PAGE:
Sunday, March 21, 2010

So you like snowdrops...

Then come with me on a stroll through our garden colony, where there are myriads of them right now. Before we begin, I'd like to dedicate this post to Deborah at Kilbourne Grove. She has a great blog and a fondness for snowdrops, and I learned the word "pleach" from her.

Here are some examples along the path leading to my allotment (click to enlarge any photo):

I especially like the snowdrops under the corkscrew hazelnut above, and the beautification of the compost silo below.

My neighbor has the most beautiful snowdrops in my immediate vicinity - the same neighbor who has the most beautiful dahlias and asters - I was lucky in my choice of location! Here are some photos, not that great since I didn't want to climb over the fence and he wasn't "home".

My own garden is also full of snowdrops, for which I can't take any credit, as they were planted by my predecessors. Here some impressions:
In one case I unwittingly did my best to smother them by dumping a pile of earth along the side of the path, but the hardy little plants poked right through and look stronger than ever:
In German these flowers are known as "little snow bells" (Schneeglöckchen). Here's some more next to my attempt to build a shelter for hedgehogs, mostly destroyed in the big storm we had a few weeks ago.
And one more shot of the snowdrops next to our patio:

Snowdrops are certainly charming, but I think the other early spring flowers blooming at the same time are just as lovely. Here a brief impression of some of our crocuses and dwarf irises as final shot in this post:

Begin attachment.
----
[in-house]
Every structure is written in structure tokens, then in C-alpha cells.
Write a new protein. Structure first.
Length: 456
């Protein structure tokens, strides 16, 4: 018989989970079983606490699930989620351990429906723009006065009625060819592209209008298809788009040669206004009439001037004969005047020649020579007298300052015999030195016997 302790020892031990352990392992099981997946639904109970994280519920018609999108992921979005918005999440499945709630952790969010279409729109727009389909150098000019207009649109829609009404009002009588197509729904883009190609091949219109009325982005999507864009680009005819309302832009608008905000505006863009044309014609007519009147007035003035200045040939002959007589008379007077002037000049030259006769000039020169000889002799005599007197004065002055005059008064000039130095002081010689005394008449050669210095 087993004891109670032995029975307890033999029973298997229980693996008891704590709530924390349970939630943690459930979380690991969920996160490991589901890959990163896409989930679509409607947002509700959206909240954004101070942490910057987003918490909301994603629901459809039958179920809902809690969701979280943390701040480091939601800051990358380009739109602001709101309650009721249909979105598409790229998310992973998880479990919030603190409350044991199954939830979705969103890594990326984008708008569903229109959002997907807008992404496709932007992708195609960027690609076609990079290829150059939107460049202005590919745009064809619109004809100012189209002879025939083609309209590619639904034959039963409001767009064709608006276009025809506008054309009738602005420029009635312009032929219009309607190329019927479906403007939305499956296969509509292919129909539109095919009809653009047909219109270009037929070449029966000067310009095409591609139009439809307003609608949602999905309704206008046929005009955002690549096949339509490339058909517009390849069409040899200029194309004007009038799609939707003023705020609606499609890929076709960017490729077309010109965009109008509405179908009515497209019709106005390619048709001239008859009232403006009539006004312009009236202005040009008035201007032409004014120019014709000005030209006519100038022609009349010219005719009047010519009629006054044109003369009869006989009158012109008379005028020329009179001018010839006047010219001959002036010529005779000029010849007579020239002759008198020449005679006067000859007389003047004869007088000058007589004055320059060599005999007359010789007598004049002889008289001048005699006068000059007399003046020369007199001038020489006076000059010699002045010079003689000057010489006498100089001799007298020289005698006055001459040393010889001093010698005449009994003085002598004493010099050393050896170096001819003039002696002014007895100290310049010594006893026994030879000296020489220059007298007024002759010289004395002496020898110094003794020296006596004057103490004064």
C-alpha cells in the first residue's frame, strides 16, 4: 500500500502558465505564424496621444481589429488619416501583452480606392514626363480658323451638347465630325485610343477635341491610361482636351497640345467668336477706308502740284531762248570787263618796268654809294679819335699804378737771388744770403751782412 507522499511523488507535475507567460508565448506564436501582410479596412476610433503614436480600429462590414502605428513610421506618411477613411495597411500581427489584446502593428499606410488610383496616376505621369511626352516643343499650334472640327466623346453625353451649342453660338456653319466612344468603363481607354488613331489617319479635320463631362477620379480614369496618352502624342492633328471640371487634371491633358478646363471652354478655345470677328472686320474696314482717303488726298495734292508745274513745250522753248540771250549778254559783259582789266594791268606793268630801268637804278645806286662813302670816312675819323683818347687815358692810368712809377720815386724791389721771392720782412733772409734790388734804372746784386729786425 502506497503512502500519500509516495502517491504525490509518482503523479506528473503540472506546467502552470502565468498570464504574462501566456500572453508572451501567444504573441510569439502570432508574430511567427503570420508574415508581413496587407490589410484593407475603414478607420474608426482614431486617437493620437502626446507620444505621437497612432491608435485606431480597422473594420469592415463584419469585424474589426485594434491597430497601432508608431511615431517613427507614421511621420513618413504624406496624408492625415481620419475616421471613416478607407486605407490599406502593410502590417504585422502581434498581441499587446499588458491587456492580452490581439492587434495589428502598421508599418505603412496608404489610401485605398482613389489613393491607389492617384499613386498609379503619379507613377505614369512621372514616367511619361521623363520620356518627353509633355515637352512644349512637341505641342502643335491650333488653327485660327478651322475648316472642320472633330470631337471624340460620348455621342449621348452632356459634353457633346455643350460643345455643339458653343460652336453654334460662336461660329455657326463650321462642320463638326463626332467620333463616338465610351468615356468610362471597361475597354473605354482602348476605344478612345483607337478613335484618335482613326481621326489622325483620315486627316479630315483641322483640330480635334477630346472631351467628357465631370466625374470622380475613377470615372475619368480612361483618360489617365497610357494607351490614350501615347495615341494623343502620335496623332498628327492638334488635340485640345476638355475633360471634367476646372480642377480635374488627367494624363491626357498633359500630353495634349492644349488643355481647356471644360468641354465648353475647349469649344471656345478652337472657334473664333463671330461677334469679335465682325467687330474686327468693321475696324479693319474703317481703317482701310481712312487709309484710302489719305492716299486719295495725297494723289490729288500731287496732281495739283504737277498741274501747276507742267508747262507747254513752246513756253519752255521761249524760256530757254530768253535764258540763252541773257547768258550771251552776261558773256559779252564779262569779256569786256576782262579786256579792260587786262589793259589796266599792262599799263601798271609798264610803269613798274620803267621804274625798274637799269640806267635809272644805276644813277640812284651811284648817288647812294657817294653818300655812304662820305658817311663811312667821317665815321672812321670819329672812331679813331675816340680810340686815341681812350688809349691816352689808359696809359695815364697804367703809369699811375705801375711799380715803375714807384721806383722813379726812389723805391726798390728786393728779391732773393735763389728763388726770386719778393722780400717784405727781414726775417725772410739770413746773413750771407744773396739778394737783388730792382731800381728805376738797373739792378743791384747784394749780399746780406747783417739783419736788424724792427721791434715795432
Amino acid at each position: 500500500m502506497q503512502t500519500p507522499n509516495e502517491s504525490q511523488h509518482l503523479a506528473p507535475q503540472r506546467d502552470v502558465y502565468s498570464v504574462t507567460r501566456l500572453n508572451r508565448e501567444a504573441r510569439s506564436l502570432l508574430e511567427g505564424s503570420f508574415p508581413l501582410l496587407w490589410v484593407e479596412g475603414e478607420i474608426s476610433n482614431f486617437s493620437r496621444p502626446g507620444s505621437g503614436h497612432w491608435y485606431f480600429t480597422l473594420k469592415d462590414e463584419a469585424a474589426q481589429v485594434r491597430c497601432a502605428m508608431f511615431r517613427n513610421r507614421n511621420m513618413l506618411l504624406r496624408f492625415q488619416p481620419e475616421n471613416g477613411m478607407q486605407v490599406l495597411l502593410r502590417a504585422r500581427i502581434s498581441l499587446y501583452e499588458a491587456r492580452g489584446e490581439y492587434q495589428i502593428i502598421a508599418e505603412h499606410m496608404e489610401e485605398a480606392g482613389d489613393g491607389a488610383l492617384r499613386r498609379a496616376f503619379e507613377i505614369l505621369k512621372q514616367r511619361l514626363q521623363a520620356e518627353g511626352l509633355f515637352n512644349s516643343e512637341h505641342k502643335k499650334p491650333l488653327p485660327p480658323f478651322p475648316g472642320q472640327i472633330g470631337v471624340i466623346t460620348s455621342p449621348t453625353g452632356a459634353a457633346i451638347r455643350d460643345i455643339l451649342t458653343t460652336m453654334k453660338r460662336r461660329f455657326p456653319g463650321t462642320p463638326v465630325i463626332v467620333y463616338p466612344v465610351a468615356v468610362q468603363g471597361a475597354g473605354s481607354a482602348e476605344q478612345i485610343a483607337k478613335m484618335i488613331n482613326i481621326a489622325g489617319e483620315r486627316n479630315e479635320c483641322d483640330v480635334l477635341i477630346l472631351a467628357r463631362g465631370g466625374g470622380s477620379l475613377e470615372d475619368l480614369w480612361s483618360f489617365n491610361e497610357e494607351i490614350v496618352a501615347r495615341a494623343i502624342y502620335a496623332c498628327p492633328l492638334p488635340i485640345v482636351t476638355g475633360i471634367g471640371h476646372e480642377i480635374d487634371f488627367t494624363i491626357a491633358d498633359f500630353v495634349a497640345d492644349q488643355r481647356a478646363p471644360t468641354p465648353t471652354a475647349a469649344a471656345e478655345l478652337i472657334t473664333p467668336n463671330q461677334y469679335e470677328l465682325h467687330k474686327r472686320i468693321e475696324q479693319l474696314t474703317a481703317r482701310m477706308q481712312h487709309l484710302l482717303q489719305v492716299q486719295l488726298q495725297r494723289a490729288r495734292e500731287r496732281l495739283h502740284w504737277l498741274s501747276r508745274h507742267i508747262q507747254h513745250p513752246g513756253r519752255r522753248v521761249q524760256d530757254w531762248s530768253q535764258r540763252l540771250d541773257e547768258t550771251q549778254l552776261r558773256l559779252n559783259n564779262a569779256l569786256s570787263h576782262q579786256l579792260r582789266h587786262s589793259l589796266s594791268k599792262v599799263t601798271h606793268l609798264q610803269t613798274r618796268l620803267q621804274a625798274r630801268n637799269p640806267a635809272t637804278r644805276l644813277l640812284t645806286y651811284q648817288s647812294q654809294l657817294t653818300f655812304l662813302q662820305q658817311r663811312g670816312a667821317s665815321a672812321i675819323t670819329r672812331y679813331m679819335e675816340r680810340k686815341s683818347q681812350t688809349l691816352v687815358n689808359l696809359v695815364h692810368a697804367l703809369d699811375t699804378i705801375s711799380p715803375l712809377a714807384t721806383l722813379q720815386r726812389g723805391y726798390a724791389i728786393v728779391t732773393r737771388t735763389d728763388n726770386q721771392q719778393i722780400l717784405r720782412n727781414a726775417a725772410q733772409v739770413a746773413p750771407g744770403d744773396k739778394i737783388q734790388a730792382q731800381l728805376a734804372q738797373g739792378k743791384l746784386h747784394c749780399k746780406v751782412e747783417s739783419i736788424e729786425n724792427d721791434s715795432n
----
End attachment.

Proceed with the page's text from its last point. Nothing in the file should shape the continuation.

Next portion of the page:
Thursday, March 18, 2010

Finally Spring Part I: Progress in the kitchen garden

After a long pause since my last post, spring is finally seriously here and I have some progress to report on. First of all, I've now completed the boxwood hedging around my kitchen garden (aka potager, Bauerngarten, formal herb garden). For more information on the design and previous steps, see here. The circular hedge in the center was still missing. To plant it, I first made a compass using strings and posts (click to enlarge):

After tracing a circle of 180 cm diameter using a crowbar fastened by a string to the post in the center, I proceeded to plant the boxwoods, this time with somewhat larger ones to the left and right of each entrance to the central circle:

As centerpiece I'd been looking for months for the perfect birdbath with no luck. I even ordered some catalogs of elegant English garden supplies, but the birdbaths were either not to my taste or exorbitantly expensive. On a recent trip to Holland, I finally found one. It's out of cast iron with a brass finish, instead of cast stone or granite as I had originally intended, but I think it will do quite nicely. I found it at what must be a contender for the world's largest gardening center, Oosterik, in Denekamp, Holland.

When I'm finished, the birdbath will go in the middle where the post is. It has a sort of kitschy fairy on it, but I like it!

While I was working, this little fellow jumped out from under one of the large boxwoods in the background, ran to the edge of a path and froze, allowing me to photograph him/her. I'm afraid it's a vole.

Now I can finally begin with planting herbs, flowers, and vegetables in each of the four sectors. First on my list is St.-John's-wort (Johanniskraut), which, in addition to having attractive yellow blossoms almost all summer long, is also a traditional indigenous medicinal herb, at least in Germany. More to follow!